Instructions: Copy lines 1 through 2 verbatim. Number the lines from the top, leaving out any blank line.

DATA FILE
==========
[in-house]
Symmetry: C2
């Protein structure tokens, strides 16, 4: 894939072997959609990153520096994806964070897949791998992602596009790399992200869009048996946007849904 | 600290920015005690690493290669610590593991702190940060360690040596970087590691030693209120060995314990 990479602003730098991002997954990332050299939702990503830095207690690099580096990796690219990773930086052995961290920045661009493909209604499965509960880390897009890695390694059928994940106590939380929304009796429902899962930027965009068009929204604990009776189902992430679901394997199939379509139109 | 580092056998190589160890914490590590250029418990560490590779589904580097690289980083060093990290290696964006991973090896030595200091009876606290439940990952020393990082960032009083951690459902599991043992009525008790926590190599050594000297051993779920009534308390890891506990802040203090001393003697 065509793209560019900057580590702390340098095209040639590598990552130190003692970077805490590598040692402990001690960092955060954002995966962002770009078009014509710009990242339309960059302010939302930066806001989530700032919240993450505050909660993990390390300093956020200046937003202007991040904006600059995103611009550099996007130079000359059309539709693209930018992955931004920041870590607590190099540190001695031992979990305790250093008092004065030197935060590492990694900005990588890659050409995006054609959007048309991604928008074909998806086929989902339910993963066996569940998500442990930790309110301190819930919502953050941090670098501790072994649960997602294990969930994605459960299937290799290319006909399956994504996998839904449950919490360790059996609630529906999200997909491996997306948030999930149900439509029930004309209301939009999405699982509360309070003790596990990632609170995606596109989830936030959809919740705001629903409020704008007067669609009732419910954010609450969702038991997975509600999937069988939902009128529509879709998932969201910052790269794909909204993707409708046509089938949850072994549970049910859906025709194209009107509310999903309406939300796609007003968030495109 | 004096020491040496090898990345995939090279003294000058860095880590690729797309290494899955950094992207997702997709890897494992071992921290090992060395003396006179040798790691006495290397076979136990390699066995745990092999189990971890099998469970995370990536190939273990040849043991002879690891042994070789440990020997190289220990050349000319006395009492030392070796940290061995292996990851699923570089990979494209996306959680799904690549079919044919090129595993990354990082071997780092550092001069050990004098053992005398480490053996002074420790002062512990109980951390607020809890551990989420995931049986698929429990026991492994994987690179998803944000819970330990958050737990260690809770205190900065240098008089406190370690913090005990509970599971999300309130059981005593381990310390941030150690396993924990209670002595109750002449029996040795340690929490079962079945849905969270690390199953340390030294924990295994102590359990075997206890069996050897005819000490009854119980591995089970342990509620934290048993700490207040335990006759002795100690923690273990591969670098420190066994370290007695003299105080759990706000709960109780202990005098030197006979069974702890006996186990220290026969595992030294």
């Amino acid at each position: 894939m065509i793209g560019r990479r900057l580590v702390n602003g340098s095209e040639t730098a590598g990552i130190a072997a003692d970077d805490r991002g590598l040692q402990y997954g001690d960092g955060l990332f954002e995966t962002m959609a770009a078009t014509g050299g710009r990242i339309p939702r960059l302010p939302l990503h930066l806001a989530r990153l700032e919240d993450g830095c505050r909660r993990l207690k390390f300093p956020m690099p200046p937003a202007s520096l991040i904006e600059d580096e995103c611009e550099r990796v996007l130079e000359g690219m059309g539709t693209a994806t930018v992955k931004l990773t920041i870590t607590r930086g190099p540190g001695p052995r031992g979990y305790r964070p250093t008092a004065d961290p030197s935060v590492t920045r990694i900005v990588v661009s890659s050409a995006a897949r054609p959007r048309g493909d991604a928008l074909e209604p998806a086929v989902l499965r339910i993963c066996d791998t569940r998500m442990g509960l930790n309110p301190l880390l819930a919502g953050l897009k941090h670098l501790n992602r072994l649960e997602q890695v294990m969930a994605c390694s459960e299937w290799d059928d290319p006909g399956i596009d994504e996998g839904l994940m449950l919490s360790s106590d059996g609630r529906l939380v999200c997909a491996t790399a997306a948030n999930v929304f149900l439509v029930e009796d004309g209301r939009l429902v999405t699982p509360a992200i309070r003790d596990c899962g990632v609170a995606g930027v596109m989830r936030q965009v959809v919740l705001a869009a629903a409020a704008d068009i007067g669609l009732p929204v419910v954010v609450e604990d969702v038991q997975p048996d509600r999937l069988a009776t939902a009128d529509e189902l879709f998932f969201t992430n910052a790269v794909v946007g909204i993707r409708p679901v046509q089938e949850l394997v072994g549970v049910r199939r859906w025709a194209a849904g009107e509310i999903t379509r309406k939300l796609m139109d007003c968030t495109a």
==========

[in-house]
Symmetry: C2